The weapons of choice against the tiny mice that run around here carrying a potentially fatal virus include disinfectant, peanut butter and 20 years’ worth of animal science.

Last year 10 people became ill with hantavirus, an outbreak concentrated among a cluster of canvas-walled tent cabins in Yosemite’s Curry Village, a popular destination on the valley floor. Three people died in what is the largest rash of cases related to the Sin Nombre strain of the virus, which was discovered in 1993. The other seven victims survived.

DNC Parks and Resorts of Yosemite, which operates the lodgings and other businesses in Yosemite National Park, has gone to great lengths to prevent another outbreak. Ninety-one Signature tent cabins, the relatively new structures that turned out to be well-suited for harboring infected mice, were torn down earlier this year.

Park employees now take more time to clean structures — at least 15 minutes for the Curry Village tent cabins — and watch for mouse droppings. Park authorities also have redoubled efforts to educate visitors about the importance of stowing food so mice, as well as bears, deer and other animals, can’t get to it. All over the park, there are fliers urging guests to take precautions.

The preventive surge has brought a comeback for one of the nation’s greatest natural treasures, thanks in part to a massive outreach campaign. And the visitors are undeterred by last summer’s unprecedented outbreak.

“The transparency of the National Park Service reinforces my confidence that they’re eradicating the problem and keeping everyone safe,” said Kevin Kearn, 45, a retired Army lieutenant colonel from Huntington Beach.

No one, not even the biologists who poured into the valley after the first hantavirus cases were reported, can explain exactly why so many people developed infections in such a short time. And despite the intense preventive efforts, there’s no guarantee there won’t be more cases.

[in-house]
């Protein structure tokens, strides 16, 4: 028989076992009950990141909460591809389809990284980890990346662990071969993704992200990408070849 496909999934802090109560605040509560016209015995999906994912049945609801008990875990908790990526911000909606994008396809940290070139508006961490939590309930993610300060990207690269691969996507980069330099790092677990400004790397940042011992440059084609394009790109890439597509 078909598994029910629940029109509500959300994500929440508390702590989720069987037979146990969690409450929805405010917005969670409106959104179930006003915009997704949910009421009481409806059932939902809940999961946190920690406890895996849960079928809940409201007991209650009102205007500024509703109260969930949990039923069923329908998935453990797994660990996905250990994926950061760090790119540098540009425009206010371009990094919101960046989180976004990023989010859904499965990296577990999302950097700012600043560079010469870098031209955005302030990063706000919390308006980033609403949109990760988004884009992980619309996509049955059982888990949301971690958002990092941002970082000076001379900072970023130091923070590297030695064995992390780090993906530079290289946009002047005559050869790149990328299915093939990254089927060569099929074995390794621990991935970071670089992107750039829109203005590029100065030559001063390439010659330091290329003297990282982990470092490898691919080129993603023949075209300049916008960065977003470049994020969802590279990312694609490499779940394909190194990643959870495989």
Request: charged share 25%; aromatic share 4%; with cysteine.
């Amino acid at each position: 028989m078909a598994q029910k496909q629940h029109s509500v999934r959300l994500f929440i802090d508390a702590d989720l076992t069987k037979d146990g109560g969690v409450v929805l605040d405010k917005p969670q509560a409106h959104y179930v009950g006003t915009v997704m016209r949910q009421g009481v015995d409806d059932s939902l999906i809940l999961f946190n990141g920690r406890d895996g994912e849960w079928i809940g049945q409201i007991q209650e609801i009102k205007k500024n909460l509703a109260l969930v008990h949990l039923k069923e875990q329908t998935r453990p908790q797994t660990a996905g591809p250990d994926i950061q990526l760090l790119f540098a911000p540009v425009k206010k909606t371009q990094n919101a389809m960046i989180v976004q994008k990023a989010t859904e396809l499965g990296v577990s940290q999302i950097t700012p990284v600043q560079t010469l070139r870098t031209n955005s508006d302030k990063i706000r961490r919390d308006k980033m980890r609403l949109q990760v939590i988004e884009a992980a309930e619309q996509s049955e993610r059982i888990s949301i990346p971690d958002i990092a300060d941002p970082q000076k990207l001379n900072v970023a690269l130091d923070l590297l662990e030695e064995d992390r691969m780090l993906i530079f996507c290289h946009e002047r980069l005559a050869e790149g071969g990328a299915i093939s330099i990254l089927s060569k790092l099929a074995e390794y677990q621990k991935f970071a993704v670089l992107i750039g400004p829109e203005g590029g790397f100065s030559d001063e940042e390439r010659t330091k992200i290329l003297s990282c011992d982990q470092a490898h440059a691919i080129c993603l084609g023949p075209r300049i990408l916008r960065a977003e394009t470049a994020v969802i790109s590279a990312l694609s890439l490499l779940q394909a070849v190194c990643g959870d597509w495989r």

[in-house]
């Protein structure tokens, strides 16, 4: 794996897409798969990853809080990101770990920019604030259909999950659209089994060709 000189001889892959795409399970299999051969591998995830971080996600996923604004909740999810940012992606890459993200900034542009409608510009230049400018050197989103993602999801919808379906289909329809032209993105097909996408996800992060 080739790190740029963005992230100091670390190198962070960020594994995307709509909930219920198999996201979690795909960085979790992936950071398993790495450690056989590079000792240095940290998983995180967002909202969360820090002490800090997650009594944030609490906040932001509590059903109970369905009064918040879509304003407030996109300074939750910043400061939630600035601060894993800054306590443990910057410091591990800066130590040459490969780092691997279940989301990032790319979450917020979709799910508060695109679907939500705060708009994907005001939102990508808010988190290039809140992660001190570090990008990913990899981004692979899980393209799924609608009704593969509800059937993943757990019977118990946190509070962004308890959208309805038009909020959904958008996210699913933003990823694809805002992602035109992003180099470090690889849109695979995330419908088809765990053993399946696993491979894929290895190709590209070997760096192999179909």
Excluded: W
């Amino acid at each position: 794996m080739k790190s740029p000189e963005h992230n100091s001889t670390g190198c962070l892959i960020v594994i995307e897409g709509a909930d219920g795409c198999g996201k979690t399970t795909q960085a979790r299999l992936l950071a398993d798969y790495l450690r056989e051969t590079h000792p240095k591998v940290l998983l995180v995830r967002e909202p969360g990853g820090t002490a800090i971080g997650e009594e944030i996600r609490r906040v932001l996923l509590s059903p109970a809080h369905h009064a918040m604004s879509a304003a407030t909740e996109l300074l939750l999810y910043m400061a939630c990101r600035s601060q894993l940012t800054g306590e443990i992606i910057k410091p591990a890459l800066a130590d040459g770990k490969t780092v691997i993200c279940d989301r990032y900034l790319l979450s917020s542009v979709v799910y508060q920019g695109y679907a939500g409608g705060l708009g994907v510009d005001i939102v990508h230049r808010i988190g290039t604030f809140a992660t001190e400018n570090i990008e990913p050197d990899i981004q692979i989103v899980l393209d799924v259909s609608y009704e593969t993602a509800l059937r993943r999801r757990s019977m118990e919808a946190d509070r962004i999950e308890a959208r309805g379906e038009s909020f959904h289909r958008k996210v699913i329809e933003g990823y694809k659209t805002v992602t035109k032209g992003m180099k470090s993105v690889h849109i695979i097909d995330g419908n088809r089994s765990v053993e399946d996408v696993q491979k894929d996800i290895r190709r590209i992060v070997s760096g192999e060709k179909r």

“When you have that many humans, chances are there’s going to be a food source,” said Danielle Buttke, a veterinary epidemiologist at the National Park Service in Fort Collins, Colo.

The “reservoir” for the outbreak was traced to the deer mouse, which is common all over the West. About 14 percent of the deer mice in Yosemite have the Sin Nombre strain of the hantavirus.

The virus doesn’t spread to any other animals, and the virus doesn’t exist in common house mice.

But it’s in the deer mouse feces, urine and saliva, and if any of those substances gets stirred up — say, by sweeping along a floor — it can get aerosolized. If enough of it is inhaled, infection can occur.

In 2009, the park built 91 Signature tents, which featured canvas on the outside, then a layer of insulation, then a layer of sheet rock. The goal was to have a warmer-cabin option in wintertime for guests who wanted it. Mice were able to get into the insulation and hide, and the virus came from the walls.

“That particular kind of structure, we hadn’t anticipated a rodent infestation would be there, but that was the smoking gun in this case,” said Barbara Knust, an investigator with the Centers for Disease Control and Prevention’s infectious-disease branch in Atlanta.